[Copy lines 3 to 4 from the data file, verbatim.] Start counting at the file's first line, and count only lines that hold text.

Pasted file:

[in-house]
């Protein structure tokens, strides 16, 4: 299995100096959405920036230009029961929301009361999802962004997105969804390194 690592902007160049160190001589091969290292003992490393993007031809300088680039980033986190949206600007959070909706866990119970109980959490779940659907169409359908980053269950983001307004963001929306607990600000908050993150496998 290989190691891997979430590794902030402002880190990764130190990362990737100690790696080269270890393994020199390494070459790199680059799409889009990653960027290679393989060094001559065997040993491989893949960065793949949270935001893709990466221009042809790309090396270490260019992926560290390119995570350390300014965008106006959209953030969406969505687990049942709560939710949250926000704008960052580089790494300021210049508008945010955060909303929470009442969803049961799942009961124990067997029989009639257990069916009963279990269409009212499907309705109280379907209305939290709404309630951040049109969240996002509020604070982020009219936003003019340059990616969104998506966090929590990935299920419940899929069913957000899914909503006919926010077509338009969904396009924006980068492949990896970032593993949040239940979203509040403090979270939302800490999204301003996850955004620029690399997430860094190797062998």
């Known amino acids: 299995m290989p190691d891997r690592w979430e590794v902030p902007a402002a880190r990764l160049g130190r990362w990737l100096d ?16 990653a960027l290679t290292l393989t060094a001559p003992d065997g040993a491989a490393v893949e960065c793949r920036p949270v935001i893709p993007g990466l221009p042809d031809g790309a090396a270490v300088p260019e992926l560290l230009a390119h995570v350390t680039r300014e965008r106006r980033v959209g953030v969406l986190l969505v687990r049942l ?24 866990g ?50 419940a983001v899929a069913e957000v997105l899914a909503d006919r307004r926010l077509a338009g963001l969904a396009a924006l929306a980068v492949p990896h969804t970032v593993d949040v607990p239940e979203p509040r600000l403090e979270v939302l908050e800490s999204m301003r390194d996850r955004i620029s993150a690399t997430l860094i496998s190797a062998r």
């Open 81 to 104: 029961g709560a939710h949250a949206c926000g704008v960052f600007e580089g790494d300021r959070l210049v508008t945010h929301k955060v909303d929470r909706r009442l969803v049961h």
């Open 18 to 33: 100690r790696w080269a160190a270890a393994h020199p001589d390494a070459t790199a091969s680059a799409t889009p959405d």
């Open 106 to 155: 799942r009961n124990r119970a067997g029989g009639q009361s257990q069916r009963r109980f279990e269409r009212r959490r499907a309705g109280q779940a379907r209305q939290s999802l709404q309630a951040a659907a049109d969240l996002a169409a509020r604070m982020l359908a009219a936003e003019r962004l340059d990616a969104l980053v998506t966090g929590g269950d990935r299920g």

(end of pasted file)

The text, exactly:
């Known amino acids: 299995m290989p190691d891997r690592w979430e590794v902030p902007a402002a880190r990764l160049g130190r990362w990737l100096d ?16 990653a960027l290679t290292l393989t060094a001559p003992d065997g040993a491989a490393v893949e960065c793949r920036p949270v935001i893709p993007g990466l221009p042809d031809g790309a090396a270490v300088p260019e992926l560290l230009a390119h995570v350390t680039r300014e965008r106006r980033v959209g953030v969406l986190l969505v687990r049942l ?24 866990g ?50 419940a983001v899929a069913e957000v997105l899914a909503d006919r307004r926010l077509a338009g963001l969904a396009a924006l929306a980068v492949p990896h969804t970032v593993d949040v607990p239940e979203p509040r600000l403090e979270v939302l908050e800490s999204m301003r390194d996850r955004i620029s993150a690399t997430l860094i496998s190797a062998r």
């Open 81 to 104: 029961g709560a939710h949250a949206c926000g704008v960052f600007e580089g790494d300021r959070l210049v508008t945010h929301k955060v909303d929470r909706r009442l969803v049961h």